Thursday, October 28, 2010


So I was looking through my old notes, trying to find something about how artistic inspiration becomes scarce when you look for it, and how different folks handle that situation.  I found some stuff from way back in the first few quarters, and I can’t cite if it was Harkins, or Finch, an ACP lecture or study abroad, but it was probably a combination of all our instructors (I keep a haphazard journal). 

Poetically, it comes out as the parable of the butterfly catcher and the fisherman.  Long story short, the butterfly catcher tends to move around a lot hoping to snag a perfect specimen because they are known to inhabit the location.  The fisherman takes a seat and observes the scene, perhaps focusing on shapes and how they change over time, and putting that composition in the view finder.  Features usually need people, and that sounds like fishing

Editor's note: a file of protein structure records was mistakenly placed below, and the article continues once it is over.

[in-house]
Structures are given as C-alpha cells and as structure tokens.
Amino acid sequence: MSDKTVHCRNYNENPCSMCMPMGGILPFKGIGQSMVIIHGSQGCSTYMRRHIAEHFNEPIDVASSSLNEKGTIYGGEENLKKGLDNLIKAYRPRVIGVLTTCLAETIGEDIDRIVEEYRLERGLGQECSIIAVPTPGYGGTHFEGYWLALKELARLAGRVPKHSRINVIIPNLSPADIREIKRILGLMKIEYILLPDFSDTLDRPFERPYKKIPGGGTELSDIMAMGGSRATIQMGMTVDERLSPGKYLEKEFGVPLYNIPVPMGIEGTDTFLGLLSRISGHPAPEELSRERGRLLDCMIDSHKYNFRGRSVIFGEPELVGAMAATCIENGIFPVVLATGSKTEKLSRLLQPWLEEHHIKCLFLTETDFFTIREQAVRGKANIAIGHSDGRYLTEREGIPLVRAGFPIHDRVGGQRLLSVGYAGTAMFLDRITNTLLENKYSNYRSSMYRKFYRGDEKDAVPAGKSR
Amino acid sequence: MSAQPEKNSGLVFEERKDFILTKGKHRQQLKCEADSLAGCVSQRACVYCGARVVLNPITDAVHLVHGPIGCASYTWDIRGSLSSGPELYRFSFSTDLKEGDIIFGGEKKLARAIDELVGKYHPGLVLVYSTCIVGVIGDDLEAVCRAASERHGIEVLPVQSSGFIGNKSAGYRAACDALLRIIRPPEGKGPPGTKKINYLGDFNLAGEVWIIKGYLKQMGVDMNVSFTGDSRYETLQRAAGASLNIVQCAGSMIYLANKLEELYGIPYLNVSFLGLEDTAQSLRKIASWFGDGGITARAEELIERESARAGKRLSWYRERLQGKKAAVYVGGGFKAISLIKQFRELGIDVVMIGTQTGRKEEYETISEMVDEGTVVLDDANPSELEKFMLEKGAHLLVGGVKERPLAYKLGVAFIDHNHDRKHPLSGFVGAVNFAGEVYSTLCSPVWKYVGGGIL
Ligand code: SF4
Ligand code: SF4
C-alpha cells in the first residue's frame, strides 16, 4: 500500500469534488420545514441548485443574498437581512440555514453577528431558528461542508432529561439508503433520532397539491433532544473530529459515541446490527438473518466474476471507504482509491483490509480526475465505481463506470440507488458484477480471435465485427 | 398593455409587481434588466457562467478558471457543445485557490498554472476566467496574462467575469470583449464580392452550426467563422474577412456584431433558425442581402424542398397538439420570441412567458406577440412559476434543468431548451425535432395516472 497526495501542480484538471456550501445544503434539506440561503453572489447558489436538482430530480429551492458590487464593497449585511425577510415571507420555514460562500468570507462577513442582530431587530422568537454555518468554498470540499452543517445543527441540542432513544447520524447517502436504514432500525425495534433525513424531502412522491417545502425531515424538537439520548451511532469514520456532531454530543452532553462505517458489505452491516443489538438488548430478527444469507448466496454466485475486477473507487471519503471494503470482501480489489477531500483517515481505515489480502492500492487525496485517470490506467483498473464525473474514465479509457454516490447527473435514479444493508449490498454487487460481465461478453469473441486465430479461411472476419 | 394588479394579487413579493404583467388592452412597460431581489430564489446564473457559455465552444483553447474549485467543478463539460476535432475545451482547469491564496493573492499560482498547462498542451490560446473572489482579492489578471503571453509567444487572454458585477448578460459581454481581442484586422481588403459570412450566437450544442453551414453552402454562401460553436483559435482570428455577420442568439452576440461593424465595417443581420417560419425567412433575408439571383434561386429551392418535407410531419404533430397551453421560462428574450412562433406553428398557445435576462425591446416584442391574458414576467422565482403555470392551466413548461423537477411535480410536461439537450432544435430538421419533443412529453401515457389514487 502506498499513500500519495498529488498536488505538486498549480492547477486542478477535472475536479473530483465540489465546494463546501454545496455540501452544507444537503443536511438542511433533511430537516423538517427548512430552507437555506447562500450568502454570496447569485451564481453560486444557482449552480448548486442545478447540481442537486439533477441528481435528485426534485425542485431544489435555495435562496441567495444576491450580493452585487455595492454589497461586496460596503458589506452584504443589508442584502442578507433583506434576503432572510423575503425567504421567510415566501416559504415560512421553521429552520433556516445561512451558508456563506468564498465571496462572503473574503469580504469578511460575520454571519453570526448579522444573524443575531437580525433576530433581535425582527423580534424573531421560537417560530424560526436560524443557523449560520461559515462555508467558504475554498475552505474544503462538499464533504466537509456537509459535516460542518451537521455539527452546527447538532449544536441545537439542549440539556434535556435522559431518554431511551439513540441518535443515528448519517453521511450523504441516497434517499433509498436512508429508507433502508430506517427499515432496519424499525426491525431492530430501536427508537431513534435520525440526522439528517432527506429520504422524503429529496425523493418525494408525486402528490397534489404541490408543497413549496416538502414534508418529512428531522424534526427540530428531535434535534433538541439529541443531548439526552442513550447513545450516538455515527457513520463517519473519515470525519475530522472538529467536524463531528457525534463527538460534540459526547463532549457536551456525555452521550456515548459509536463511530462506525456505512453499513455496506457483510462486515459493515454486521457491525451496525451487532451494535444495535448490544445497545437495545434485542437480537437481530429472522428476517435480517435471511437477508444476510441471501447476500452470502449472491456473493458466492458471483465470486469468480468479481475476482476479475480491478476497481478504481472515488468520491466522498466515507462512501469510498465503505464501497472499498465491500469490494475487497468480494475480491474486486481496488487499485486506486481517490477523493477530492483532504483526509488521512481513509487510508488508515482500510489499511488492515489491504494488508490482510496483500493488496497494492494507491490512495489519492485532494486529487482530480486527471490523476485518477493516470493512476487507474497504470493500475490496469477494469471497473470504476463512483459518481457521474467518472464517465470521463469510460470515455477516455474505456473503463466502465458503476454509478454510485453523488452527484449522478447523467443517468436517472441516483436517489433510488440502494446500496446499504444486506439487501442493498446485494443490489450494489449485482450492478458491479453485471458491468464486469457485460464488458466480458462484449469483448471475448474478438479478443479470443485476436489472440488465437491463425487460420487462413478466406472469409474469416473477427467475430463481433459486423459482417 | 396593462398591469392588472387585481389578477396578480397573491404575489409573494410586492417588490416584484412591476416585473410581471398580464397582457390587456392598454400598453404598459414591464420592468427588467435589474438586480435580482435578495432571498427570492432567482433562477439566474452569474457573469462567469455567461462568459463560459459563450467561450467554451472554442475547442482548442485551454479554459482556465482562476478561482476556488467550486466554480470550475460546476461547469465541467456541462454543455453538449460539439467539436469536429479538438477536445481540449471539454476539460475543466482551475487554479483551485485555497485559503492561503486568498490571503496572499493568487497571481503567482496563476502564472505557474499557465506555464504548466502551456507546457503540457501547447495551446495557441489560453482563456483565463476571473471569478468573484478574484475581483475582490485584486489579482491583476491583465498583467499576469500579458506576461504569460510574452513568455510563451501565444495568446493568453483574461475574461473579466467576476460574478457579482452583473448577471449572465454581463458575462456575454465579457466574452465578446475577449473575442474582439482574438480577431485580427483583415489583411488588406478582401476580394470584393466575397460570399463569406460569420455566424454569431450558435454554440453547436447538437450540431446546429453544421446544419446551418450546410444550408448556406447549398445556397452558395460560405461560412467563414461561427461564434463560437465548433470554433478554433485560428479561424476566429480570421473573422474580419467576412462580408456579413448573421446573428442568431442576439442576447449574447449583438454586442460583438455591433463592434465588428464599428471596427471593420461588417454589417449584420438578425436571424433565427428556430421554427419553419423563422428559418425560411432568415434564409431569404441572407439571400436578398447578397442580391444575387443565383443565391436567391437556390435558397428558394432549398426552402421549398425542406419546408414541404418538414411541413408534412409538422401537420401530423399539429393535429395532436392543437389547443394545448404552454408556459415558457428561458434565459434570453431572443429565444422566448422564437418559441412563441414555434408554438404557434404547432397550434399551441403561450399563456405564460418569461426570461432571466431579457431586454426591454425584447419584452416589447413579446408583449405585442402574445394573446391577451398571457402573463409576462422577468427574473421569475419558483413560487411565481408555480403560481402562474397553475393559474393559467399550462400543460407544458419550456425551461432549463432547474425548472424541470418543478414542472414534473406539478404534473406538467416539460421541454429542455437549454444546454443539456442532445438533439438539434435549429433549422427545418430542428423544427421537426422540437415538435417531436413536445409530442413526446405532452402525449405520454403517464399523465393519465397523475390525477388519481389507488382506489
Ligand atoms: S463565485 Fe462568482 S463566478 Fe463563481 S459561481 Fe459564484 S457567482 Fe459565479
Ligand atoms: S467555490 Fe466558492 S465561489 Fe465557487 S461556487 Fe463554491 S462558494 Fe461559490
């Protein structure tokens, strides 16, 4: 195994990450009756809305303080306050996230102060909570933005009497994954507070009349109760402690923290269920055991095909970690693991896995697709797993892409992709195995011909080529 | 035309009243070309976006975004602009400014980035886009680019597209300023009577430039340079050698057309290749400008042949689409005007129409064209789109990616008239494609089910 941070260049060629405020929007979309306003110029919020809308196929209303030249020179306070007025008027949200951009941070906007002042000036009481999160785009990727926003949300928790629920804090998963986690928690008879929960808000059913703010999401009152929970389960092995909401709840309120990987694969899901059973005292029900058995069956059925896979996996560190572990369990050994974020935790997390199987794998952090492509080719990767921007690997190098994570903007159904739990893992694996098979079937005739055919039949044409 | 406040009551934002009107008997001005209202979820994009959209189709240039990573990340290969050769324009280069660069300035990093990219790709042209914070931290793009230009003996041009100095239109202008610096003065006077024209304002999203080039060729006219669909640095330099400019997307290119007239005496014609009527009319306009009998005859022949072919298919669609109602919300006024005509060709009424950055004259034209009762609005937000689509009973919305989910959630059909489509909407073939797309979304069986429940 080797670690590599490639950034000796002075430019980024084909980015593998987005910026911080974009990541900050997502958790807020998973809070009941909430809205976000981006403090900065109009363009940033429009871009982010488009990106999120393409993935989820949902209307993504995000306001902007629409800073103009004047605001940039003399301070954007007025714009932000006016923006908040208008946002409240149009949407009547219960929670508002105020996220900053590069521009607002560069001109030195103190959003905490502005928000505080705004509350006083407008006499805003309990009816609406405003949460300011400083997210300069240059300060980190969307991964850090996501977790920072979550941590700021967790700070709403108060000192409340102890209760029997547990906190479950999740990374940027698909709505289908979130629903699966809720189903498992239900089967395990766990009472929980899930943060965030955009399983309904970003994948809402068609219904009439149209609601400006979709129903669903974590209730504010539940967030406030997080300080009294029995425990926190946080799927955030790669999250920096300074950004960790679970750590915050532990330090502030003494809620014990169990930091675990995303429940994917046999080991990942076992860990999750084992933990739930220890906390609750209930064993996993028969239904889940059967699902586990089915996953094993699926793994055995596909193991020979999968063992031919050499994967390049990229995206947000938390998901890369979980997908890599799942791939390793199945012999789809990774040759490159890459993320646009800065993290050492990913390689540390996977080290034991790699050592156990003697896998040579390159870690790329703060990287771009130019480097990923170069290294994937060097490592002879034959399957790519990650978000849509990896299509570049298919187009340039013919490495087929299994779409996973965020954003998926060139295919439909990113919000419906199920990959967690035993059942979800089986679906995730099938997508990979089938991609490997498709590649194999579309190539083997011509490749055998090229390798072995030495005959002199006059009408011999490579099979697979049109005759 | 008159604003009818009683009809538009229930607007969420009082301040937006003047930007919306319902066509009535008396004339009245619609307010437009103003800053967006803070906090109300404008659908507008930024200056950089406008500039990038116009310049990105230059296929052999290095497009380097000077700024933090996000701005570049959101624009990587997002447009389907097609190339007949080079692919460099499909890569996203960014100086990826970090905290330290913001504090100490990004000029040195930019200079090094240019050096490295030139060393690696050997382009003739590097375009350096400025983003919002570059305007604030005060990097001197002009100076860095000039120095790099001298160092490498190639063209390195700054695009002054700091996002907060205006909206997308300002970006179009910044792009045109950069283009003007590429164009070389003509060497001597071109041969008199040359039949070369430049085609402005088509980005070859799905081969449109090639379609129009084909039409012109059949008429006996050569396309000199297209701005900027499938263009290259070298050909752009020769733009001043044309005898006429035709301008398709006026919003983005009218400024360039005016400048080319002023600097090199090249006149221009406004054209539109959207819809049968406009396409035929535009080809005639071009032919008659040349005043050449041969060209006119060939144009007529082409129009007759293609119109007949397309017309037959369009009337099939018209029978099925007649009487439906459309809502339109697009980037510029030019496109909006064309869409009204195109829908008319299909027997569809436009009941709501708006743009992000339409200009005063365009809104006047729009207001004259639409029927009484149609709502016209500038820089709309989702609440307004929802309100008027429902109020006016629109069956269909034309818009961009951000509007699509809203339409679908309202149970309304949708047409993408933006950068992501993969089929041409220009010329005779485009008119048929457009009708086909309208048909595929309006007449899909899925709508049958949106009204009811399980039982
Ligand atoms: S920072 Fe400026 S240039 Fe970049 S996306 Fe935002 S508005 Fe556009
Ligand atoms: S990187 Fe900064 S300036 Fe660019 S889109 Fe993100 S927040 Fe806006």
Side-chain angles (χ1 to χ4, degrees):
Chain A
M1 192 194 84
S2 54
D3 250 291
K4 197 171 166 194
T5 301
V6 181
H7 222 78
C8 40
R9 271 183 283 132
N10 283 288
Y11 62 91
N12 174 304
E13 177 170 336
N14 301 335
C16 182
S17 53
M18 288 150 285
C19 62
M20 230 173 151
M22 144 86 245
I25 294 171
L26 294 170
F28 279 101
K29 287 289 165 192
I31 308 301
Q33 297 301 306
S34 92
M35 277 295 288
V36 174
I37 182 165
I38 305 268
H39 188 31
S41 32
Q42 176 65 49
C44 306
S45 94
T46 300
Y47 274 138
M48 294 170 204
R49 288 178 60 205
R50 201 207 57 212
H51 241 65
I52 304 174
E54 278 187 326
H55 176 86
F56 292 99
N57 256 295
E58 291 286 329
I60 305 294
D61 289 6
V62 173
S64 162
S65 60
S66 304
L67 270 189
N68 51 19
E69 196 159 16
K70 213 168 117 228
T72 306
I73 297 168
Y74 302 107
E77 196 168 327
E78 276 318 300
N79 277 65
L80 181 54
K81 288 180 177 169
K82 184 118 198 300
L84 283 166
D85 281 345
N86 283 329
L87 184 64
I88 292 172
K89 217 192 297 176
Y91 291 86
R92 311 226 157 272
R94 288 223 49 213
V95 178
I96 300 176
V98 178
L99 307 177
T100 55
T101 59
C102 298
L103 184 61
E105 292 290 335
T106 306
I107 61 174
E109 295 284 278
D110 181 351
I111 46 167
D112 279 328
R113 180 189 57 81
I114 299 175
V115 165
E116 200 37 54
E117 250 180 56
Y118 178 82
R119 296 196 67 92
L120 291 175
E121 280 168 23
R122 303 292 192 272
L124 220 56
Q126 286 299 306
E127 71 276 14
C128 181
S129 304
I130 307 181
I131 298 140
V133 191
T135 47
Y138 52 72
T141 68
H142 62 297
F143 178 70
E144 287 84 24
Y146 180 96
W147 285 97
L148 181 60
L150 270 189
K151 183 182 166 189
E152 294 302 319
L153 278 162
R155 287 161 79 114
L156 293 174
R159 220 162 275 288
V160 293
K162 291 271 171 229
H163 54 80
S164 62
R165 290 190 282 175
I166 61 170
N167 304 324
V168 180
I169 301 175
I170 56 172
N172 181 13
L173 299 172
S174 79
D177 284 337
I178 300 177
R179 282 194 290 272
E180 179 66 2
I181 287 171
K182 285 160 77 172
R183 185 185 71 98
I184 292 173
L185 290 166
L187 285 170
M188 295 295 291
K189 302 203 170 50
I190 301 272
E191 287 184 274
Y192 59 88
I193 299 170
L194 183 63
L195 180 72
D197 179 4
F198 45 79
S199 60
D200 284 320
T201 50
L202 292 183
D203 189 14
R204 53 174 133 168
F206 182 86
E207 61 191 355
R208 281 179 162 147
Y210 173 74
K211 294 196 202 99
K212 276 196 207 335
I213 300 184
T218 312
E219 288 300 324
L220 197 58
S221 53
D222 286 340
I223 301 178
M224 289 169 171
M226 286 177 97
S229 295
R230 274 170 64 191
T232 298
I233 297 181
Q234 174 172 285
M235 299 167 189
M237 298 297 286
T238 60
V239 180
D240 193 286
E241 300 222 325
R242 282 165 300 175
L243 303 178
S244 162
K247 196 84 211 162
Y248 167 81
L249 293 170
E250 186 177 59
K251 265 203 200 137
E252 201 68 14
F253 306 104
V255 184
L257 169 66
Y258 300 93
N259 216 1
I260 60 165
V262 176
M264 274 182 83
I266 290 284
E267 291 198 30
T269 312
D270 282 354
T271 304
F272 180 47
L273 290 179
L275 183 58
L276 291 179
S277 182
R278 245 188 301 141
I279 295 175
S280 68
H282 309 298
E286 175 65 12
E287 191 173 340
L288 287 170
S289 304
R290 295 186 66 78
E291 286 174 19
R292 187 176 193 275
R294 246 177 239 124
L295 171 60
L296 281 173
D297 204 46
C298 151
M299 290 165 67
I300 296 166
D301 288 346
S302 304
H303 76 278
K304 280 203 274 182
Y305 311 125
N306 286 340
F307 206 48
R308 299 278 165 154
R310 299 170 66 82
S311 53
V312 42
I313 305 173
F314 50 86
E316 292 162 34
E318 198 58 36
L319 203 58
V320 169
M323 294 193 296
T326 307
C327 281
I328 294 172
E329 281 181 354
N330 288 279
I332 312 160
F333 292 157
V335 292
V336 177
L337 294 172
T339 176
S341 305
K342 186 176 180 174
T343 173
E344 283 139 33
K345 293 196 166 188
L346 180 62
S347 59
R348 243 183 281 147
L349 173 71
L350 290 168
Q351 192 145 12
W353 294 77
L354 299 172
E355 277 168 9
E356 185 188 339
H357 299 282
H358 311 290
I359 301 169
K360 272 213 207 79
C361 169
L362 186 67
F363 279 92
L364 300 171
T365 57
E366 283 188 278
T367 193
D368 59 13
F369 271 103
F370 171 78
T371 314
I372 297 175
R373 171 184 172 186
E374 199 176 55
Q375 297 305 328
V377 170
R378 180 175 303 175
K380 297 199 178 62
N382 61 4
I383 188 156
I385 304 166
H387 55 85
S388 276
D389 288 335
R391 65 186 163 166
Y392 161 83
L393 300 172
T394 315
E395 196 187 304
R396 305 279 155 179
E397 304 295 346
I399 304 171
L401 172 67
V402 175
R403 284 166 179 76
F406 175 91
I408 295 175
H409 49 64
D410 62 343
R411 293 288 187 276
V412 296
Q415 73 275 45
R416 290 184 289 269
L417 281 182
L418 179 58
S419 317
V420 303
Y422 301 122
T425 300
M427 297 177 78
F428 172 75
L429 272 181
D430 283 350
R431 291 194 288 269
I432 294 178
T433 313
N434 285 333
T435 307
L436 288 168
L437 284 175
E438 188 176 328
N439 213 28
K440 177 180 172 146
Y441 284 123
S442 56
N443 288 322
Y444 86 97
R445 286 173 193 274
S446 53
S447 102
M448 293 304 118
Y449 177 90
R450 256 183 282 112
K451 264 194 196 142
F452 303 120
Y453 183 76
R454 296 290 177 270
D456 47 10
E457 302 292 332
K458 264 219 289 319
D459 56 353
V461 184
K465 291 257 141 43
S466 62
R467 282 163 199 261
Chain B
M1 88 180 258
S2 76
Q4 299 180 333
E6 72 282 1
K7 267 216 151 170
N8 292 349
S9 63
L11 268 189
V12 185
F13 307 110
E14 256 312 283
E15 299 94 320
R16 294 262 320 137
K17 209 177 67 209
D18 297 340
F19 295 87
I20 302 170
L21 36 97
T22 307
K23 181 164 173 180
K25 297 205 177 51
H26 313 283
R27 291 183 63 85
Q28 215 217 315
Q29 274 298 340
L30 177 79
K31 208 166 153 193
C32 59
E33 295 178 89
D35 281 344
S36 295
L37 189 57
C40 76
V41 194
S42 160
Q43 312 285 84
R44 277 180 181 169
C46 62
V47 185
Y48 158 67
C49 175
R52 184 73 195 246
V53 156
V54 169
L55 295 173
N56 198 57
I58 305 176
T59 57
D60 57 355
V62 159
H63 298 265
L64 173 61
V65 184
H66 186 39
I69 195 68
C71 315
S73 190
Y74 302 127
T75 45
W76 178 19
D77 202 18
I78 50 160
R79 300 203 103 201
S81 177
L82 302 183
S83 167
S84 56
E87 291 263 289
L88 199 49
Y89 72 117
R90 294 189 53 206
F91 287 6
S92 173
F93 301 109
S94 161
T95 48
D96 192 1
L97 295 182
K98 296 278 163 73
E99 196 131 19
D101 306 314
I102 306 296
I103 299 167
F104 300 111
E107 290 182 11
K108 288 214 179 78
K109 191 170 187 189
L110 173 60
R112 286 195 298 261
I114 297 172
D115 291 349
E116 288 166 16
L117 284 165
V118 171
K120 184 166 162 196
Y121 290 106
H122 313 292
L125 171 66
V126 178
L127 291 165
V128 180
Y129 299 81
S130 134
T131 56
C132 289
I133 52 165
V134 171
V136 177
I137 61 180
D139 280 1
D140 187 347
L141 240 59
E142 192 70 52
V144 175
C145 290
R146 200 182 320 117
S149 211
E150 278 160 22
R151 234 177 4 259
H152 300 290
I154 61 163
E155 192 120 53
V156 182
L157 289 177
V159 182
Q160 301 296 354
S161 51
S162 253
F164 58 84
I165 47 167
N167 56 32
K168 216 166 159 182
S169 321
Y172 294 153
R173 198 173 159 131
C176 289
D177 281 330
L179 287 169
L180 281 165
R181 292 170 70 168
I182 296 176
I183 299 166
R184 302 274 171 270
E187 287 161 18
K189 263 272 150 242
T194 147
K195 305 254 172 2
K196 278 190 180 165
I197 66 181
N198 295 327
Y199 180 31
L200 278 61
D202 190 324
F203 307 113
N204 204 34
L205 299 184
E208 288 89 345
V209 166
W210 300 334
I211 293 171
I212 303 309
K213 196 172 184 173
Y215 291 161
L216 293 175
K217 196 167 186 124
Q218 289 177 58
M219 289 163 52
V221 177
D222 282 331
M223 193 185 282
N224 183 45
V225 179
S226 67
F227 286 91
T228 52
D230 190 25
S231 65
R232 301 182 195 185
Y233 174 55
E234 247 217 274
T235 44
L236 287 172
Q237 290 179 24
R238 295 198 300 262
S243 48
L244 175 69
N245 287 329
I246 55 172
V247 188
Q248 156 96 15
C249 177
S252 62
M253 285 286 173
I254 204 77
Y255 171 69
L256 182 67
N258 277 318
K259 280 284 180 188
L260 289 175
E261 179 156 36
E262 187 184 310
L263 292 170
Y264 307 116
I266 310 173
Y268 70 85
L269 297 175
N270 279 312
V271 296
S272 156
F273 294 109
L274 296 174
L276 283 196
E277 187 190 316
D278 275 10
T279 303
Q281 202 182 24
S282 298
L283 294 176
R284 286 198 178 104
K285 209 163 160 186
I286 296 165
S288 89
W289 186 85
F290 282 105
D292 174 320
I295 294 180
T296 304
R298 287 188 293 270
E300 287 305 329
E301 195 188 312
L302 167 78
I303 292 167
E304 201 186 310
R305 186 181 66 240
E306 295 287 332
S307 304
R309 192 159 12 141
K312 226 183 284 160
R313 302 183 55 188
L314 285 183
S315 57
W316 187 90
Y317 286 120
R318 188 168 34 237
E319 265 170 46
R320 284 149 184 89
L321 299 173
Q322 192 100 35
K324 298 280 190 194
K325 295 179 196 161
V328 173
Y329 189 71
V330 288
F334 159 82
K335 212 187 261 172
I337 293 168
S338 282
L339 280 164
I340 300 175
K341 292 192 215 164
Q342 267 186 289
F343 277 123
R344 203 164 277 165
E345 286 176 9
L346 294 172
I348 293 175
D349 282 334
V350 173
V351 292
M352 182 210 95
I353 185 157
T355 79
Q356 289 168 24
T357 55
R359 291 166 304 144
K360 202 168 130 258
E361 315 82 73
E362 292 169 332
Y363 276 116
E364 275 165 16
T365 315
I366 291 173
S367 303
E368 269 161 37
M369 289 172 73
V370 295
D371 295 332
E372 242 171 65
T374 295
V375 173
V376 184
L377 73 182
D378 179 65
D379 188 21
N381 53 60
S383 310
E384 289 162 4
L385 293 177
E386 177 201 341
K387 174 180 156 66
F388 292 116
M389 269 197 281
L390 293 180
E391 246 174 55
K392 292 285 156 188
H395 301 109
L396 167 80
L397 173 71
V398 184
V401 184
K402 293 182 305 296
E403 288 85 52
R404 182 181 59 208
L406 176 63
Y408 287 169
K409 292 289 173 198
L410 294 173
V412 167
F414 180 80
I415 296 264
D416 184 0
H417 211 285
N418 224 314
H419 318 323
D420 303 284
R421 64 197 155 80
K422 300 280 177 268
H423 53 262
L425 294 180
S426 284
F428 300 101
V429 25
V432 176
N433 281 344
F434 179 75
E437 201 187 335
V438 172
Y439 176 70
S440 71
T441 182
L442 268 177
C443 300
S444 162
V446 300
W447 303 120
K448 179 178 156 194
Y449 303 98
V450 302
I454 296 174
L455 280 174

The heck of it is, sometimes you catch a great one quickly with hardly trying, and it seems so easy.  At least I have heard that happens.  I can’t say that has been my experience: I feel like I have wasted a lot of time chasing butterflies.  I tried some fishing in Europe and that wasn’t especially productive either but it was more satisfying.  These pictures were taken with a remote and tripod as I hid behind the corner of a pastry shop window in Venice around 9 AM.  They would be closer to a feature style if that lady wasn’t so well hidden among the shelves of sweets.                             

Dang it.

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